The Causes and Symptoms of Periodontitis
Periodontal disease is also known as periodontitis. It can lead to tooth loss if left untreated. The disease begins when the surrounding and supporting gingival of the teeth are irritated and inflamed. This is due to an increase of plaques and leads to a continuous infection of bacteria. In the gingival tissue, the infection grows up. Then form deep pockets between the teeth and the gums that cause damage to the gum and the underlying jaw and tooth loss. In more severe cases, this infection can cause bacteria to migrate to other parts of the body through the bloodstream. If you have tooth loss due to periodontitis, you can certainly get dental implant; beforehand the condition must be treated.
Periodontal disease prevention is crucial to your smile preservation. Preventive measures can reduce your risk in many cases significantly. Some common causes of gum disease are listed below.
Plaque and tartar if not removed, brushing, flossing, and regular dental habits if neglected, bacterial toxins start affecting the gums and bones. Gingivitis or periodontitis can be caused that eventually leads to tooth loss.
Research has shown for the development gum diseases the use of smoking and tobacco are two of the most influential factors. The recovery and healing rate of smoking and tobacco users is slower. Furthermore, the accumulation of tartars on the teeth, the development of deep gingival tissue pockets and the horrific side effects of substantial bone loss are much more common.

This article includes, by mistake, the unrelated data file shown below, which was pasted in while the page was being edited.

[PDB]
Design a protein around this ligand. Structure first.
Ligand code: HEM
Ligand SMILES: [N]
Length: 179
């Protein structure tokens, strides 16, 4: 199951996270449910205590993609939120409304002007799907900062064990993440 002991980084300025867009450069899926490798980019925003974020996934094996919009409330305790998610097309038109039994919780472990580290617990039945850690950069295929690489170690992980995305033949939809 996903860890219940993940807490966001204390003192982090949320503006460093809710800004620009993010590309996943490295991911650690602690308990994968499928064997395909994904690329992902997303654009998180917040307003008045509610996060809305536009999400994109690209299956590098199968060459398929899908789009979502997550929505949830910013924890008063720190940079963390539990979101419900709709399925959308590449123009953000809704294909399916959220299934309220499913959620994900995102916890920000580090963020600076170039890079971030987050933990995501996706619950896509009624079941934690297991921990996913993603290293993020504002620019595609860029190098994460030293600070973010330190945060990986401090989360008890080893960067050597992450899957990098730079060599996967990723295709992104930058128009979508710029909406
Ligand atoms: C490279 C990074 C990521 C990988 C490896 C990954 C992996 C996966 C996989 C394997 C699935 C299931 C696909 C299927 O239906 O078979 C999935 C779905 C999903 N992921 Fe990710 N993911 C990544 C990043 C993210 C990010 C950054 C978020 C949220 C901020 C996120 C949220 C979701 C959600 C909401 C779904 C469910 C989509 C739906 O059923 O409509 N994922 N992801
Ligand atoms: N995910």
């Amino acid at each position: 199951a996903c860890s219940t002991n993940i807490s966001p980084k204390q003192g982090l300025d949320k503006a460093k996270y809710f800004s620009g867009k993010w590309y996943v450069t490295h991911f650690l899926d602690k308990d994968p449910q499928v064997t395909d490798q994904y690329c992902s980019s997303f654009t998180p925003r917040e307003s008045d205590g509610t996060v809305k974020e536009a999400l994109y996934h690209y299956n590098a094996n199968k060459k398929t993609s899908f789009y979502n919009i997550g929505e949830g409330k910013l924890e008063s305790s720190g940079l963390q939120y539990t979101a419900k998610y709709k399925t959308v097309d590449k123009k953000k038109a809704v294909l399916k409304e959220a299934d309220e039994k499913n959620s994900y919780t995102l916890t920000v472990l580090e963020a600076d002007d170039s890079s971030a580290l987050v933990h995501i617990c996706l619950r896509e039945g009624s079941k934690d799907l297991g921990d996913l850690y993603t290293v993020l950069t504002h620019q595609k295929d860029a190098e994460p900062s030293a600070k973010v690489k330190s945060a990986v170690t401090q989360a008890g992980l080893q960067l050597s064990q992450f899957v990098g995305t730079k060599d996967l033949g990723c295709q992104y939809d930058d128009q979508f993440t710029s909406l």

Many drugs, including oral contraceptive, antidepressants and cardiac medicines, influence your teeth and gum’s overall condition and make you more susceptible to gum disease. Steroid use encourages overgrowth of gingival that increases the risk of swelling and allows bacteria to colonize in the gum tissues. Diabetes hampers the ability of the body to use insulin, making it more difficult to control and treat bacterial infections in the gums. Other medical conditions, including respiratory disease, arthritis, and osteoporosis, can intensify or accelerate the onset and progression of gum disease.
The supporting tissue around the tooth can suffer significantly from clenching or grinding teeth. Grinding teeth are normally associated with “bad bite” or misalignment; however, additional damage to gingival tissue because of grinding can quickly track the progression of the condition when a person is suffering from gum disease.
- Bad breathe
- Red, swollen gums
- Gum bleeding
- Sensitive tooth
- Painful chewing
- Loose teeth
- Test your gums and notice inflammatory signs.
- To inspect and measure pockets around your teeth, use a small ruler called. The depth of these pockets in a healthy mouth usually ranges from 1 to 3 mm. This pocket depth test usually does not have pain.
- Ask your medical records about conditions or risk factors that contribute to gum disease (such as smoking or diabetes).
The Professionals may:
- Take an x-ray to see if bone loss occurs.
- Refer to a journalist. Periodontists are experts in diagnosing and treating gum disease and can offer treatments that your dentist doesn’t offer.
For dental implants you can contact Oral and Facial Surgery of Oklahoma. Dr. Wooten will help you to diagnose and treat periodontitis and other dental problems.
**Disclaimer: This site content is not intended to be medical advice nor establishes a doctor-patient relationship.
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